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Loss of pigment, either partial (hypopigmentation) or complete (depigmentation), can have a profound psychological impact, perhaps seemingly out of proportion for something that is almost exclusively benign.1 Remarkably, hypopigmentation has been referenced in many ancient religious texts, often in the context of being a curse or contagious disease, firmly securing this cutaneous malady at the very deepest level of culture.2 A compelling illustration of this occurs in the Old Testament when Miriam speaks against Moses and is punished thusly: “… suddenly Miriam became leprous, as white as snow.”3 It is difficult to imagine a more wicked association for a skin disease than such an execration. Although the vast majority of hypopigmentation encountered in the modern world is neither contagious nor dangerous, fear, anxiety and uncertainty continue to surround this problem for patient and physician alike.
An exhaustive list of causes of hypopigmentation and depigmentation would contain many rare and obscure entities, but in this review the focus will be limited to three of the most common causes of acquired loss of pigment in children.4 By closely examining pityriasis alba, pityriasis (tinea) versicolor, and vitiligo, some of the fear, anxiety and uncertainty may be dispelled and, even if they cannot be cured, simple understanding may provide some relief.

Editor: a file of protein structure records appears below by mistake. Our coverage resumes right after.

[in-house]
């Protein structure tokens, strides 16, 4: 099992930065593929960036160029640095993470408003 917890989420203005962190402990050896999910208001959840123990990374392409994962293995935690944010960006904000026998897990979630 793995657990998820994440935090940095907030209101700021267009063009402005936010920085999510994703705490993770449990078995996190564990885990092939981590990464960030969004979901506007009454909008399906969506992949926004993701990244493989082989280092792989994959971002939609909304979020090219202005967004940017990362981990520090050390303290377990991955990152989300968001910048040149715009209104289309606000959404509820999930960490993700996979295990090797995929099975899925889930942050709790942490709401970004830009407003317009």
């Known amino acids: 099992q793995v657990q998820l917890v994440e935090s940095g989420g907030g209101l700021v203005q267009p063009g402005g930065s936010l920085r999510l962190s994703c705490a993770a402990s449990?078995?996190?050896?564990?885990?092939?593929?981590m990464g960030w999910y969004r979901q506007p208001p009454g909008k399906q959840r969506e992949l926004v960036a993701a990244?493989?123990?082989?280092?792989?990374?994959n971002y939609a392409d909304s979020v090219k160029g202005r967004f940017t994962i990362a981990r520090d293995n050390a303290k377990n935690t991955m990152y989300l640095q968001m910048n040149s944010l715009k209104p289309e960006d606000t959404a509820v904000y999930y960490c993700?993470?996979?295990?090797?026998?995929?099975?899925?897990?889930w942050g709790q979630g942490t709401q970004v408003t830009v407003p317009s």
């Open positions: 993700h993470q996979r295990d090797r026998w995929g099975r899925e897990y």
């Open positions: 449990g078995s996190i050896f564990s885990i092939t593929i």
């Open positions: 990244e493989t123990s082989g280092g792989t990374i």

Pityriasis alba is a common, benign form of localised, often slightly scaly areas of hypopigmenation, usually on the head, neck, and upper extremities of children.5 While the pathogenesis is unclear, many studies seem to support the idea that it is a form of low-grade eczematous dermatitis.6
Pityriasis versicolor is sometimes called tinea versicolor, but “pityriasis” derives from the Greek for “grain husk” or “bran” and descriptively refers to the flaky, bran-like scale of this extremely common superficial fungal infection.7 Figure 1 is a photograph of bran …
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